Lessons Learned in Leadership: How Billy Graham’s Northwestern role influenced his ministry
Though Billy Graham spent only four years as president of Northwestern, his time at the school would influence his ministry throughout his life.
"I can see that many good things came of my time there, especially in the experience I gained in management and finances and in working with a board," Graham wrote in his autobiography, Just As I Am. "The years there also gave me a greater understanding of young people. All of this would be valuable to me in future years."
At the time of his appointment, Graham was the youngest college president ever. "In his role as college president, he became aware of both his strengths and weaknesses," said Graham spokesman A. Larry Ross. "I think he was overwhelmed."
Surrounding himself with trusted leaders
Graham held the title of president of Northwestern, while pursuing God’s calling to a life of evangelism. That taught him an important lesson in leadership.
"His time at Northwestern developed a pattern of leadership he would follow throughout his career," said Ross. "“The pattern was that he chose the right leaders and equipped them to do the work. He chose good people for big positions and then got out of the way. I think that’s something that was honed at Northwestern."
Graham also found colleagues at the college. Many of the early leaders of the Billy Graham Evangelistic Association were people Graham had worked with at Northwestern, including George Wilson ’36 (college business manager), Luverne Gustavson ’39 (Graham’s secretary), Betty Lowry (described by Graham as "an administrative whiz") and Jerry Beavan (college registrar).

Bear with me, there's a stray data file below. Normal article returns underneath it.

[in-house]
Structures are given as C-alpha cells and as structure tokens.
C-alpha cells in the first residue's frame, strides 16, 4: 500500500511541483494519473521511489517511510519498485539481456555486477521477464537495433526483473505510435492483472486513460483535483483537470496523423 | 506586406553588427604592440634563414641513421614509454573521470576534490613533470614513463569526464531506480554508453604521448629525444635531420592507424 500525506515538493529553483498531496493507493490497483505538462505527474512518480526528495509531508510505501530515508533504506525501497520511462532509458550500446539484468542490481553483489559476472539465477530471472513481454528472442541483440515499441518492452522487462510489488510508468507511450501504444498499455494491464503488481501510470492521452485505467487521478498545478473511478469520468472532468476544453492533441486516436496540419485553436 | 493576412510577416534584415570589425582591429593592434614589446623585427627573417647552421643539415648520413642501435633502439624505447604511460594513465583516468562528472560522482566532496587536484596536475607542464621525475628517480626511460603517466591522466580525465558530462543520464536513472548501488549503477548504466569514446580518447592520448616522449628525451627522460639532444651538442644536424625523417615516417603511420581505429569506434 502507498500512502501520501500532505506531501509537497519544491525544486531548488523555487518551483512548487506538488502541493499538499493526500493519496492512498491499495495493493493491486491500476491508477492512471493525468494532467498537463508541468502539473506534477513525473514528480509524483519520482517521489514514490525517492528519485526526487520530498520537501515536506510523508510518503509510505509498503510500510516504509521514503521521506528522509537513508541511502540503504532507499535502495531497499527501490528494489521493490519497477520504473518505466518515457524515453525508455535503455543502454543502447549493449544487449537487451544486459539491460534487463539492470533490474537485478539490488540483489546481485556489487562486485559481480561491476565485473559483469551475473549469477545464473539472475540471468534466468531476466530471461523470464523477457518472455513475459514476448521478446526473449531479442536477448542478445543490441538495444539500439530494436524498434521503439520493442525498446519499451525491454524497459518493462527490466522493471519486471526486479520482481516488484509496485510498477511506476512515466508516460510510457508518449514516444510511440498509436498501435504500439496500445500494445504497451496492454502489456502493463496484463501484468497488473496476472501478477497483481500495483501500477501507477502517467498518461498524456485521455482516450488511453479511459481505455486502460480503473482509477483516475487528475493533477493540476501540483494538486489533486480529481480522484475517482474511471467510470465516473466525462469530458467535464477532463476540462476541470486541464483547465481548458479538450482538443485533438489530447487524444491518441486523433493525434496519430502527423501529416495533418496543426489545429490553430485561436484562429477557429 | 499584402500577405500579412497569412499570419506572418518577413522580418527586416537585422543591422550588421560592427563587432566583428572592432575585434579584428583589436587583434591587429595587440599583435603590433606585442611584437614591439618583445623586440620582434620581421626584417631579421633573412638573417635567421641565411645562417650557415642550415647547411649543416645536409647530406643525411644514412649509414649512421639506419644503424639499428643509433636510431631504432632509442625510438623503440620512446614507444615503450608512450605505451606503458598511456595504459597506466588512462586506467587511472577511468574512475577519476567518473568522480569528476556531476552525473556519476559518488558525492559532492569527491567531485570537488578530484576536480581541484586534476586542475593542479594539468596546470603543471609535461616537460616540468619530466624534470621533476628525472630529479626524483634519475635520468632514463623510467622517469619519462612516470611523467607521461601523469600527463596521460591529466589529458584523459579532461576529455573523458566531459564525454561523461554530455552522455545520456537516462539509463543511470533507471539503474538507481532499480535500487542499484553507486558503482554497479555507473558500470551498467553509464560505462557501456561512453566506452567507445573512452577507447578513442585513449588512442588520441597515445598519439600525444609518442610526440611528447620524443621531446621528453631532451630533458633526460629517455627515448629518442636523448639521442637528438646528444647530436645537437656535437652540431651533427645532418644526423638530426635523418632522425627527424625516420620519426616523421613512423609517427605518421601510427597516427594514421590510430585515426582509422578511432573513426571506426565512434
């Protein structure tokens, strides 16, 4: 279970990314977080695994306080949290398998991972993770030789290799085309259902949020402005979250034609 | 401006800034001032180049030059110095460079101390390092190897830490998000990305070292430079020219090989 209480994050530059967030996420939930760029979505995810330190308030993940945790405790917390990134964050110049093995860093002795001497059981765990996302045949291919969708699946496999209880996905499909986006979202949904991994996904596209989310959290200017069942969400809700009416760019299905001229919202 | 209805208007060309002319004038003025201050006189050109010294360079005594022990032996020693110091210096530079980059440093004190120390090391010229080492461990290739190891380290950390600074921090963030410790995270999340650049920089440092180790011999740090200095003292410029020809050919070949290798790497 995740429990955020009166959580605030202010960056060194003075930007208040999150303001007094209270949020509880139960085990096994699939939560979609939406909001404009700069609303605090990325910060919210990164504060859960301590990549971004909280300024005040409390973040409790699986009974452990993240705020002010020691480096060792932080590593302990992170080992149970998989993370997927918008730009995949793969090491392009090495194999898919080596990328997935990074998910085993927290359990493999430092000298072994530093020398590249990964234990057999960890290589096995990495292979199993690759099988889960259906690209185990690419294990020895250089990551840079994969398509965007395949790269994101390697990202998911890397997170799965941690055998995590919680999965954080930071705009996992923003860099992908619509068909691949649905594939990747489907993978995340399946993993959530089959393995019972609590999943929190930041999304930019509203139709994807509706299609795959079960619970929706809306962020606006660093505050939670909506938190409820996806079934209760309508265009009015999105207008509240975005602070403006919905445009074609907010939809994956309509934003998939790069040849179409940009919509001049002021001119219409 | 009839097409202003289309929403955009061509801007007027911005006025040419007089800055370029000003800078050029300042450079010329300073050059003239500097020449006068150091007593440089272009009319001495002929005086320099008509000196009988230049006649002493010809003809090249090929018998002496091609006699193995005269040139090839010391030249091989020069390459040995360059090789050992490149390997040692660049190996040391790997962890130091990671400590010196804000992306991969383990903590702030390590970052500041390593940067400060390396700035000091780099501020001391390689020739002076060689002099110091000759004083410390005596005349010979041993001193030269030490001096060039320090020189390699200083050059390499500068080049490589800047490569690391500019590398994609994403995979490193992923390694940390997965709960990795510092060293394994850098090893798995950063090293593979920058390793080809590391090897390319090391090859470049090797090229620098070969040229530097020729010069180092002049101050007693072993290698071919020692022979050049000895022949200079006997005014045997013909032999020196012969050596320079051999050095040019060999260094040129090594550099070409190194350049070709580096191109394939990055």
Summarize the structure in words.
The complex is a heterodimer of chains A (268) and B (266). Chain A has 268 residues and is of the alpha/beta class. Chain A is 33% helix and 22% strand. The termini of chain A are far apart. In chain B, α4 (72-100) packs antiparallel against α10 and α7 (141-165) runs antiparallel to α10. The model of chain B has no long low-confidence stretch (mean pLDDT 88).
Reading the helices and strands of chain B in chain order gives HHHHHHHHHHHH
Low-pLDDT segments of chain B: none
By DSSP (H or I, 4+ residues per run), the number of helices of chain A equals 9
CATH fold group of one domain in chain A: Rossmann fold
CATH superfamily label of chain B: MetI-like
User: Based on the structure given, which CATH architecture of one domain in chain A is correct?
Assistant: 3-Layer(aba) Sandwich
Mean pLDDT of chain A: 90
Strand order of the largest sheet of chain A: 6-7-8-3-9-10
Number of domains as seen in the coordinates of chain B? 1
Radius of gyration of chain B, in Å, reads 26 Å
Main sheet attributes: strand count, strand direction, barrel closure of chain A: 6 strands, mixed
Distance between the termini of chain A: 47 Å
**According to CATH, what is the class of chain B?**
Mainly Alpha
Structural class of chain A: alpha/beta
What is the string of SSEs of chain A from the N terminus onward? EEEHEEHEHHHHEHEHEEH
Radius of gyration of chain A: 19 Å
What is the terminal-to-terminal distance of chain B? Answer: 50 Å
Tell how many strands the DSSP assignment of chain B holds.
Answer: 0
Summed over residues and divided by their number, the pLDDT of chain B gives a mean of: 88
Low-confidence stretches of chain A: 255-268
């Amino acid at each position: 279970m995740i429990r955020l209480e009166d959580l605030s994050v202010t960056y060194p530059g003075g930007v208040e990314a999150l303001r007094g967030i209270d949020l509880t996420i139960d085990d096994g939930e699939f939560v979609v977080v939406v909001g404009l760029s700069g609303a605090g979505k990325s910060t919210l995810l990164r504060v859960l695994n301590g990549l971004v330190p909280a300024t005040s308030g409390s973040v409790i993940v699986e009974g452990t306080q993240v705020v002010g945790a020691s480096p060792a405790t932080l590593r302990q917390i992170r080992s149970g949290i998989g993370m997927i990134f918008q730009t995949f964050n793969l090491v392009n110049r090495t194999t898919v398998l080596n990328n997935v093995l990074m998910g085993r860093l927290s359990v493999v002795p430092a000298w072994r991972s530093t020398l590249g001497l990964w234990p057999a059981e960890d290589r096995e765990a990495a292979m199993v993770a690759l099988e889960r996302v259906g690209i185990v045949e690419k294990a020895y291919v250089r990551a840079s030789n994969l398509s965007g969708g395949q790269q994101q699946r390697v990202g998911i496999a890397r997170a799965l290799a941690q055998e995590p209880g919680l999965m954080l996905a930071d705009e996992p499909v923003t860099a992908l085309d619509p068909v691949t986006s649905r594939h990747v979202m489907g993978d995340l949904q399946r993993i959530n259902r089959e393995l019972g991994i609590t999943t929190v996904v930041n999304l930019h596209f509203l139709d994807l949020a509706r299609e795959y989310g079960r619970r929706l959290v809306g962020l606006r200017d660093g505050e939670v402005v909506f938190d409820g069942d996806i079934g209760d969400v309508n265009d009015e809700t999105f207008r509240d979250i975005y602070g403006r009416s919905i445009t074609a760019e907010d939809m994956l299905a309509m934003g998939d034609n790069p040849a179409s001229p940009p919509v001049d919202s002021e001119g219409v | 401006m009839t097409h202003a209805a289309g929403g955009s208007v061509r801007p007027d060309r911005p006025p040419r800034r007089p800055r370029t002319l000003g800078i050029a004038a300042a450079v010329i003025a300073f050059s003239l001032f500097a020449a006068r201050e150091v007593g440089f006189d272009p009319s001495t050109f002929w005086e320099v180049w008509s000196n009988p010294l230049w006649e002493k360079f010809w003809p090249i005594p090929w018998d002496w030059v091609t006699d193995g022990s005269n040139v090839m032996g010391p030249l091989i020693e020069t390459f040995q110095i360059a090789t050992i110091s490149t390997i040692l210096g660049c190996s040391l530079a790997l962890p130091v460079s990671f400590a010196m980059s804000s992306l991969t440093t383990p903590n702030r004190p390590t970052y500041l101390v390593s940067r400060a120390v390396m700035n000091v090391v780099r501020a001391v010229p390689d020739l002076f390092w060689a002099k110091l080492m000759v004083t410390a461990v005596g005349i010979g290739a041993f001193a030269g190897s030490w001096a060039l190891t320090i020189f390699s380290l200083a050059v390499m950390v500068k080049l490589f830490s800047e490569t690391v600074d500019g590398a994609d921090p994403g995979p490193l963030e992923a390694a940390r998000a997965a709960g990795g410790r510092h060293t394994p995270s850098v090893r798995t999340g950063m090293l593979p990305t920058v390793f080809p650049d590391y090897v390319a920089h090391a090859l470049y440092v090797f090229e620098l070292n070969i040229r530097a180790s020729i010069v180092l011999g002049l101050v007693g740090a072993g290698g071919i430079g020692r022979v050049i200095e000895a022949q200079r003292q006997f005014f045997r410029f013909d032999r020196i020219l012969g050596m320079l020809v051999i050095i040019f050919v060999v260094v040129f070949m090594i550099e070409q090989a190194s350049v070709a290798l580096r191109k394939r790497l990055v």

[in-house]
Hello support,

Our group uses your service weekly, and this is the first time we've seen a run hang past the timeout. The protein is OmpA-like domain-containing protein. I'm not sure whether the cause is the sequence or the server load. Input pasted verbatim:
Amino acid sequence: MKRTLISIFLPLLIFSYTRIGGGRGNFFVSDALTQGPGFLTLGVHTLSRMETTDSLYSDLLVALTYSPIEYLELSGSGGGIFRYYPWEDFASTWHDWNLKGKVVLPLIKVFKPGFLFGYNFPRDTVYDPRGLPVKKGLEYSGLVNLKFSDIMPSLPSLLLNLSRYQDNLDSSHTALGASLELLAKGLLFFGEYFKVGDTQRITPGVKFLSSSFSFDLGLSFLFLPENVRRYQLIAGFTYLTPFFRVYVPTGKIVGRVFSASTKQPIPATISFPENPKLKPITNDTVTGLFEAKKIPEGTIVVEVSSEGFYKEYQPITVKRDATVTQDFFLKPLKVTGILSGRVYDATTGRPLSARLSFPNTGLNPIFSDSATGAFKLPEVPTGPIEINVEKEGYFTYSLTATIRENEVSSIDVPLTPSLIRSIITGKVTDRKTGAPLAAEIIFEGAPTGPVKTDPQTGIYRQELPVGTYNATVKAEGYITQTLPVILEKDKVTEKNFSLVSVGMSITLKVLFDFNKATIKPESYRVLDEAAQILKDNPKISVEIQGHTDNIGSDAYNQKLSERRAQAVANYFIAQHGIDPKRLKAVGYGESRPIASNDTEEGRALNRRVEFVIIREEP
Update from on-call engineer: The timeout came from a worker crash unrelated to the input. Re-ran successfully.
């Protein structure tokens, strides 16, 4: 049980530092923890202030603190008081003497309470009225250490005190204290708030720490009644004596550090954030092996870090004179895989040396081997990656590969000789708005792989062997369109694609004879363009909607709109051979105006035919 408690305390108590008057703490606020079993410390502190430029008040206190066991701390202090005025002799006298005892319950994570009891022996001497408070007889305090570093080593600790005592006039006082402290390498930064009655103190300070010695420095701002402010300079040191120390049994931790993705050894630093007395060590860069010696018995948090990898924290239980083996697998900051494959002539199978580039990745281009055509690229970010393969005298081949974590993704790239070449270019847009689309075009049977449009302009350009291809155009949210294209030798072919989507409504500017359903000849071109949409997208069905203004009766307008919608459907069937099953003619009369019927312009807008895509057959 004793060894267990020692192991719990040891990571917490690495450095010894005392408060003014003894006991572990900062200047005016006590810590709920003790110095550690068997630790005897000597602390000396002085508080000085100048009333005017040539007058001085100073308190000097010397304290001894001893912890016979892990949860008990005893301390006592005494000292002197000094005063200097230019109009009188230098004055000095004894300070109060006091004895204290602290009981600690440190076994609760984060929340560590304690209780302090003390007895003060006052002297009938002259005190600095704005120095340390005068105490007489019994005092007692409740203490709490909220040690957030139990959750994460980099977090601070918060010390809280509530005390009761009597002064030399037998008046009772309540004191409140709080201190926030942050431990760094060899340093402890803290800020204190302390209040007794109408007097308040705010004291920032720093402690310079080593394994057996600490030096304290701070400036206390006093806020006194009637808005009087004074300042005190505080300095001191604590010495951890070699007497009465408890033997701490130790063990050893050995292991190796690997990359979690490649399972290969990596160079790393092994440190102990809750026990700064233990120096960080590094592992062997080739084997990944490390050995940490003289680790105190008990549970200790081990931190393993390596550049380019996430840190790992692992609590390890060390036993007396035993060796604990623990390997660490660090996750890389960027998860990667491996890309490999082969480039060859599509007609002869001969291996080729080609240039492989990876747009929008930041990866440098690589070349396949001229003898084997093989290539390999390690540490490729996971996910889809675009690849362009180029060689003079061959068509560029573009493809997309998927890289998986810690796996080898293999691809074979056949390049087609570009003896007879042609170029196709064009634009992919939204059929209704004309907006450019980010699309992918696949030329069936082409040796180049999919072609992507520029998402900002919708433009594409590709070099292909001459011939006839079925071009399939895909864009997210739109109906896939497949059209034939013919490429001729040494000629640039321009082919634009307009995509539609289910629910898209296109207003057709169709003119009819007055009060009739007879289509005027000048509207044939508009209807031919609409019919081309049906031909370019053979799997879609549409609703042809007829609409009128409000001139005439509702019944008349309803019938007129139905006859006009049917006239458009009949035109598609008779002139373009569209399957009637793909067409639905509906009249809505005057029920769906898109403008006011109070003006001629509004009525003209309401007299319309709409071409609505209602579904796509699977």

Ross added, "Through Northwestern he formed relationships with men who would remain at his side through his life." When Wilson died in 1999, Graham said, "George Wilson has been one of my closest advisors for well over 40 years. I owe him a debt of gratitude I can never repay. Human terms cannot measure the remarkable contribution George has made to my ministry."
Wilson helped keep the Billy Graham Evangelistic Association on the cutting edge of technology in using computers to build and maintain mailing lists and a donor base, and even won awards from the United States Postal Service for his work. Upon Wilson’s death, Prison Fellowship’s Chuck Colson said Wilson was "probably helping the Lord reorganize His computer files and reduce production costs in Heaven."
Wilson’s devotion to the Twin Cities and Graham’s reliance on Wilson kept the headquarters in Minneapolis, even though Graham lived in North Carolina. The University of Northwestern connection is the reason that for four decades, "Minneapolis, Minnesota" was "all the address you need" to write to Graham.
"George had been an established businessman, and all of his supplies and contacts were in the Twin Cities," recalled Ross. "He was established there and felt there was no sense reinventing the wheel."
Ross noted that the Midwest location served Graham well. "I’d go into the office in Minneapolis for meetings and somebody would be having their 35-year anniversary luncheon," he recalls. "There’s a strength of character and commitment in the workforce pool there that I think was a benefit."